Socrates once said that “the unexamined life is not worth living.”  Well, to that I think Don would add that “the purposeless life is not worth living.”  If each of us could live with even a fraction of the purpose Don lived with every day, what a better world this would be.

Lesson number two:  Influence by example.  I never found Don to be pushy with his beliefs.  He had strong opinions, for certain, but he understood that fighting his opponent — physically or verbally — wasn’t going to win over his opponent’s hearts.  Instead, he opted for an approach that was honest, kind, and respectful — if not downright loving.  With that same loving manner, I would bet that Don directly or indirectly touched the lives of everyone in this room.   

You can’t drive downtown on a freezing winter day, only to see your grandfather standing serenely with his sign, framed against the backdrop of the statehouse building, and not be moved by resolve.  You can’t have such a fervent activist as a grandfather and remain oblivious to what’s going on in the world.  Come to think of it, I’m pretty sure it’s his doing that I majored in political science. 

What’s most amazing to me is how loudly Don could speak without using any words at all.  He wasn’t afraid to take the kind of action that would speak louder than any words — whether at the state house, the picket line, or in a senator’s office.  Only brave action — straight from the heart — can do that.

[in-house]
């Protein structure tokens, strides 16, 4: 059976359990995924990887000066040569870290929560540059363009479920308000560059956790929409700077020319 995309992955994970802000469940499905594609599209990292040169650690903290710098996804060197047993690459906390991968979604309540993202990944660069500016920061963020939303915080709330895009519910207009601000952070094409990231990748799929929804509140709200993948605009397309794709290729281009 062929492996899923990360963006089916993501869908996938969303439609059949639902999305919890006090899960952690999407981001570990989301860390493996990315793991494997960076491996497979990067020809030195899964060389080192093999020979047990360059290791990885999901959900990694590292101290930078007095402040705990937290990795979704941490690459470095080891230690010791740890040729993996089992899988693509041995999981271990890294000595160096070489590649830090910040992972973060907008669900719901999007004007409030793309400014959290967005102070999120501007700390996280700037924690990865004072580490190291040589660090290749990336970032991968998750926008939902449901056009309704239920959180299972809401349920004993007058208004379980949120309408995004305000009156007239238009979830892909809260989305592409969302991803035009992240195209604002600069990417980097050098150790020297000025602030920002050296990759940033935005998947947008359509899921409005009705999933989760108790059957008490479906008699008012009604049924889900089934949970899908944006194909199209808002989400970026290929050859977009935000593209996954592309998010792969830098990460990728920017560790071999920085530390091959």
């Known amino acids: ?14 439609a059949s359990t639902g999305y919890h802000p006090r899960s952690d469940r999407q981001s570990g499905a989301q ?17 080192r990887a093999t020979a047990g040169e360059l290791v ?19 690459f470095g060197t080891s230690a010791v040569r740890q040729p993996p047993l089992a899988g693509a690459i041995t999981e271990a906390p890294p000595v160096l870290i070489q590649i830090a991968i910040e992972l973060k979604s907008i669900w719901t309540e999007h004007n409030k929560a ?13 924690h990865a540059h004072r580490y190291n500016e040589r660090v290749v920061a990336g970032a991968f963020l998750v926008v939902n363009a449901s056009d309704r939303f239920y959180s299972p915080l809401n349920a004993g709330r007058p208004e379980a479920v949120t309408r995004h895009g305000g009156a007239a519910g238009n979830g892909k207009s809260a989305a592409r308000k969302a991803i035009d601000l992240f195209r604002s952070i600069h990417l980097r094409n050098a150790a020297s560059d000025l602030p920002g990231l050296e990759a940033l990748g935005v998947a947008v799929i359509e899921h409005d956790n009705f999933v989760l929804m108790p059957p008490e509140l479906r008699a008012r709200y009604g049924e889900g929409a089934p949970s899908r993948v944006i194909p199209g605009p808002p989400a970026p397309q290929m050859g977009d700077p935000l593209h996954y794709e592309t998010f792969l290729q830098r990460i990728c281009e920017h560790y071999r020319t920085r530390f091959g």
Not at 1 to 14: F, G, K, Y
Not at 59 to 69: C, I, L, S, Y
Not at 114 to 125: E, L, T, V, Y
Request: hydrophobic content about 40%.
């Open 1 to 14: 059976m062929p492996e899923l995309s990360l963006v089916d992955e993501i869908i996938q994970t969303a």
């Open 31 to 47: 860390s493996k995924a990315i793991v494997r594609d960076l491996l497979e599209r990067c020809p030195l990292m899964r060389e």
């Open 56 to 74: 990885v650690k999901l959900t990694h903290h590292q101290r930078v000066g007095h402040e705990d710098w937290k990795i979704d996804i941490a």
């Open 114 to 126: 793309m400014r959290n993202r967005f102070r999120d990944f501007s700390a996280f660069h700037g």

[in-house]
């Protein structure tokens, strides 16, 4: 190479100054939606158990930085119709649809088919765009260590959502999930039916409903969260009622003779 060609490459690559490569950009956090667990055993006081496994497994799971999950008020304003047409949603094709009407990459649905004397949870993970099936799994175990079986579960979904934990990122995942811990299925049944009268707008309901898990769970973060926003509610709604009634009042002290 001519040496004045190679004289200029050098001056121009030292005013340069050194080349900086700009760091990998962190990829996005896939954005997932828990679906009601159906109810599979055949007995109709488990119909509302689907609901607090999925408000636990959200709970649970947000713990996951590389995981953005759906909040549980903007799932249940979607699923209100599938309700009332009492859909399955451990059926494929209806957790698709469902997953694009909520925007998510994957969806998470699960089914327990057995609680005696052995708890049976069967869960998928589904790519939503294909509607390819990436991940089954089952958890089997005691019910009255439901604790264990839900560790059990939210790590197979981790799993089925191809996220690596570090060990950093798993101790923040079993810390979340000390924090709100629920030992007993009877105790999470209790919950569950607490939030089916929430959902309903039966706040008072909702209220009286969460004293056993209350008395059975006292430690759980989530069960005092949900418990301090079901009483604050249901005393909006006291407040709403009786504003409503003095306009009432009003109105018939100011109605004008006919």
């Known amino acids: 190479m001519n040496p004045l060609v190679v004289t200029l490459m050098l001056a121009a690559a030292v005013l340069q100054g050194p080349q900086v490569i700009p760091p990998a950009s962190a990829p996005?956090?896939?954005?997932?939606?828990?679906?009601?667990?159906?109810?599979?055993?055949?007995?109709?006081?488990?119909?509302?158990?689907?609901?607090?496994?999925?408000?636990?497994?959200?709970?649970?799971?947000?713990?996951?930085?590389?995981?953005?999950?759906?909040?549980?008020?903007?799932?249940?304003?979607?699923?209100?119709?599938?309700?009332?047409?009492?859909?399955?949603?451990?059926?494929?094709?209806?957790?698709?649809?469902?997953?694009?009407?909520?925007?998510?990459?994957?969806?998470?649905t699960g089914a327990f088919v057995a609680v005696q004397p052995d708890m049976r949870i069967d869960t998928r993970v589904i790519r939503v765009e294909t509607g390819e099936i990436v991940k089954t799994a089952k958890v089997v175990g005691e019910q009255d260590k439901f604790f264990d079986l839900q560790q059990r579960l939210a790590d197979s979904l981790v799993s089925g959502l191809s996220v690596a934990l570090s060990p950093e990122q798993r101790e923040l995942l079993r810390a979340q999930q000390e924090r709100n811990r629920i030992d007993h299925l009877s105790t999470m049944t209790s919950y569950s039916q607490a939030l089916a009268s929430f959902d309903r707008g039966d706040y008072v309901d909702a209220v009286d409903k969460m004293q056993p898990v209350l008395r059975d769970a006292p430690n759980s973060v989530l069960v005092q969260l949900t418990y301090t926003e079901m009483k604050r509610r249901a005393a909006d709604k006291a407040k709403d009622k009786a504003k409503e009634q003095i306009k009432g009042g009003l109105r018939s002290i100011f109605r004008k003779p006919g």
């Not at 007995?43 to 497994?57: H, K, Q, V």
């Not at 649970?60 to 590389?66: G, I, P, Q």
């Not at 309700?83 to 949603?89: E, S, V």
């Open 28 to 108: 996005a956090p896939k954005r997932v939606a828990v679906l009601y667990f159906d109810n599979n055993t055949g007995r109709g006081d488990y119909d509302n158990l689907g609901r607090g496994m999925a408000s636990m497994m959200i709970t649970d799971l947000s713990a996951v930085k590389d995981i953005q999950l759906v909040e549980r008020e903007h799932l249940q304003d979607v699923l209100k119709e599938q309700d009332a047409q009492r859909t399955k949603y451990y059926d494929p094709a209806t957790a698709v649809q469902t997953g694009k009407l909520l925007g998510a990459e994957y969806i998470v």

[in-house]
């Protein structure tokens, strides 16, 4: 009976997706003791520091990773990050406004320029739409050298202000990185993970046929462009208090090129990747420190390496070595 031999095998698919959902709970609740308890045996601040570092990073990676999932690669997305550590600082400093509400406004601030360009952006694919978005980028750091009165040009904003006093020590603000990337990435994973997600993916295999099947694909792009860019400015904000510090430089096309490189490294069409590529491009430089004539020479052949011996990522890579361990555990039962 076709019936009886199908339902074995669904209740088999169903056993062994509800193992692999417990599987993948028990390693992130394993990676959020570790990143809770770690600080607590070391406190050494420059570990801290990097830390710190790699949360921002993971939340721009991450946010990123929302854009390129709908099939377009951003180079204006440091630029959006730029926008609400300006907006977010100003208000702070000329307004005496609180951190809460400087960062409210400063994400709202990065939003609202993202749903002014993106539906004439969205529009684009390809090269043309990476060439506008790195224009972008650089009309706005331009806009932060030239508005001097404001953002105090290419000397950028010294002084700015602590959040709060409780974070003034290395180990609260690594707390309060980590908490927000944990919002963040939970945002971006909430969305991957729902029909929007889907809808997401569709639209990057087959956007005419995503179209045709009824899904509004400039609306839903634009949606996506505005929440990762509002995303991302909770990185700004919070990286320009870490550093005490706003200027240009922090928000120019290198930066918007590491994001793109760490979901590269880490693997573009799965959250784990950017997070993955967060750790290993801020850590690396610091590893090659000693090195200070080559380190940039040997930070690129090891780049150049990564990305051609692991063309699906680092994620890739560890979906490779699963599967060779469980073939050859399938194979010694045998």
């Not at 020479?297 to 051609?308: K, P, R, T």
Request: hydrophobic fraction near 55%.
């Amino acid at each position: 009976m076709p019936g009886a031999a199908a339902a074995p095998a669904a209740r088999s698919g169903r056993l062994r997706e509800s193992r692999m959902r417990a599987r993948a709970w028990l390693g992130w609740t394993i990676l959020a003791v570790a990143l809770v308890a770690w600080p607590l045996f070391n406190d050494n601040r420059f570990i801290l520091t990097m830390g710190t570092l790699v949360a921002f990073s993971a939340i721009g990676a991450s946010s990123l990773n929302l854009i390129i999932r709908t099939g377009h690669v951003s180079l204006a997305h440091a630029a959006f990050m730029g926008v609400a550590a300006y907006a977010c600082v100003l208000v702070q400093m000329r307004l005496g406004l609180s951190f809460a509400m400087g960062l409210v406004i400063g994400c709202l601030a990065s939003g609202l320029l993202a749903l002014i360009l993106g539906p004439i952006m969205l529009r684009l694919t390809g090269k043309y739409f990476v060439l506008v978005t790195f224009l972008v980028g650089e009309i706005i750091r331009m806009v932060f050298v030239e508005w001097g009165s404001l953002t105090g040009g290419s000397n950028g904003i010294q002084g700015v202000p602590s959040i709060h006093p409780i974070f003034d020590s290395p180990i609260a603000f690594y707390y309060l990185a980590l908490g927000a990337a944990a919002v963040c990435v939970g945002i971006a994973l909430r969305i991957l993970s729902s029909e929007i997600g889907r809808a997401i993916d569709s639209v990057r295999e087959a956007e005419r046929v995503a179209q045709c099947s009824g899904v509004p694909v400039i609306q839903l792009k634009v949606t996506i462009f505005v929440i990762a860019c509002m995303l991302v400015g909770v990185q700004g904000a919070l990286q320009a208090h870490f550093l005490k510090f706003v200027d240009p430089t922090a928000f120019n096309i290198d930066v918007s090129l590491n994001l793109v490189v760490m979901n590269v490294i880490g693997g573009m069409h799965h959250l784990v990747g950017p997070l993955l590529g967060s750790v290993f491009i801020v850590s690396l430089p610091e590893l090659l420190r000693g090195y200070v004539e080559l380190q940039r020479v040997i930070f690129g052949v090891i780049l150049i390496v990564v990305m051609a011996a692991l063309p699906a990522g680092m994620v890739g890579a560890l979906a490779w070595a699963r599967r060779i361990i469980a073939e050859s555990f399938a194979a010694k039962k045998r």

The problem — as I imagine that Don saw it — is that most of us think our action doesn’t matter.  We think no one is watching us.  But someone is always watching us.  Most people ignore this fact.  Don took it as a challenge.  And he taught me that when you act according to your own highest values, you begin to live for something greater than yourself.

Lesson number three:  Love unconditionally.  I believe this was Don’s greatest secret of all, and it might be the most valuable takeaway from his entire legacy.  Don was so full of love that he could light up your whole day — heck, your whole week — with a single smile.  He could see something beautiful in everyone even when they couldn’t see it in themselves.  Yes, Don was so full of love that he couldn’t help but express it and pass it on to others.  And as a result, it came back to him tenfold.  Whether or not Don literally loved unconditionally, I can’t say.  But I know that he worked harder at it than anyone I’ve ever met. 

It was that very love that led him to his quest for peace and justice — a quest that remains undone.  But still we should not be without a sense of hope.  As Don once wrote me in a letter, “My experience has made me an optimist for the whole world.”  So why shouldn’t you and I be optimistic, too?  We owe him that, I think.


So let’s all carry on Don’s legacy.  Let’s have the conviction to live with purpose, the courage to influence by example, and the endurance to love unconditionally.  These are the traits of character the human race needs to survive and thrive in these times.  May we all remember, even in our lowest of lows, that great big smile that Don so often graced us with, and the beautiful way he inspired us all.  As Sara Smith said the Sunday after his passing, “Don didn’t live in the light.  He was the light.”  And none of us who knew him will ever forget it.

— Travis Webster-Booth